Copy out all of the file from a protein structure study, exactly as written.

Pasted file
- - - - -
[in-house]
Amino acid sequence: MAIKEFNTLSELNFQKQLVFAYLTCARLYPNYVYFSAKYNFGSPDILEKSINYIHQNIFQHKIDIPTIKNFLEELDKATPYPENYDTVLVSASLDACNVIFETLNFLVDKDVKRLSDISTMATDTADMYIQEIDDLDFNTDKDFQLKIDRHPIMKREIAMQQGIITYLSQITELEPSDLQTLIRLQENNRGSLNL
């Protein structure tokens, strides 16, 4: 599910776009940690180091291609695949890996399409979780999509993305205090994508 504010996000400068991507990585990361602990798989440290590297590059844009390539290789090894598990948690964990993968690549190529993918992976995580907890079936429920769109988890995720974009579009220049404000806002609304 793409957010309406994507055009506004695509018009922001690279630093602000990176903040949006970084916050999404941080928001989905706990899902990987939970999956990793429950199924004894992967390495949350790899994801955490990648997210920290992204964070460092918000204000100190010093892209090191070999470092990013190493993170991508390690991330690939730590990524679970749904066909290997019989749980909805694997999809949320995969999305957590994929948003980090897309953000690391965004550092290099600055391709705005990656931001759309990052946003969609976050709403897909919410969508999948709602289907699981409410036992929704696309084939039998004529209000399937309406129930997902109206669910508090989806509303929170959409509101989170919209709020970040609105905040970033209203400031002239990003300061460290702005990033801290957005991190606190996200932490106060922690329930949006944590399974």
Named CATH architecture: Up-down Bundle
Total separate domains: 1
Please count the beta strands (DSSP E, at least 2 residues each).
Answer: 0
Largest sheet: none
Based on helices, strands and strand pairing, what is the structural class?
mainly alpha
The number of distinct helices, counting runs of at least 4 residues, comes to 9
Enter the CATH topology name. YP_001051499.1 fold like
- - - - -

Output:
[in-house]
Amino acid sequence: MAIKEFNTLSELNFQKQLVFAYLTCARLYPNYVYFSAKYNFGSPDILEKSINYIHQNIFQHKIDIPTIKNFLEELDKATPYPENYDTVLVSASLDACNVIFETLNFLVDKDVKRLSDISTMATDTADMYIQEIDDLDFNTDKDFQLKIDRHPIMKREIAMQQGIITYLSQITELEPSDLQTLIRLQENNRGSLNL
């Protein structure tokens, strides 16, 4: 599910776009940690180091291609695949890996399409979780999509993305205090994508 504010996000400068991507990585990361602990798989440290590297590059844009390539290789090894598990948690964990993968690549190529993918992976995580907890079936429920769109988890995720974009579009220049404000806002609304 793409957010309406994507055009506004695509018009922001690279630093602000990176903040949006970084916050999404941080928001989905706990899902990987939970999956990793429950199924004894992967390495949350790899994801955490990648997210920290992204964070460092918000204000100190010093892209090191070999470092990013190493993170991508390690991330690939730590990524679970749904066909290997019989749980909805694997999809949320995969999305957590994929948003980090897309953000690391965004550092290099600055391709705005990656931001759309990052946003969609976050709403897909919410969508999948709602289907699981409410036992929704696309084939039998004529209000399937309406129930997902109206669910508090989806509303929170959409509101989170919209709020970040609105905040970033209203400031002239990003300061460290702005990033801290957005991190606190996200932490106060922690329930949006944590399974």
Named CATH architecture: Up-down Bundle
Total separate domains: 1
Please count the beta strands (DSSP E, at least 2 residues each).
Answer: 0
Largest sheet: none
Based on helices, strands and strand pairing, what is the structural class?
mainly alpha
The number of distinct helices, counting runs of at least 4 residues, comes to 9
Enter the CATH topology name. YP_001051499.1 fold like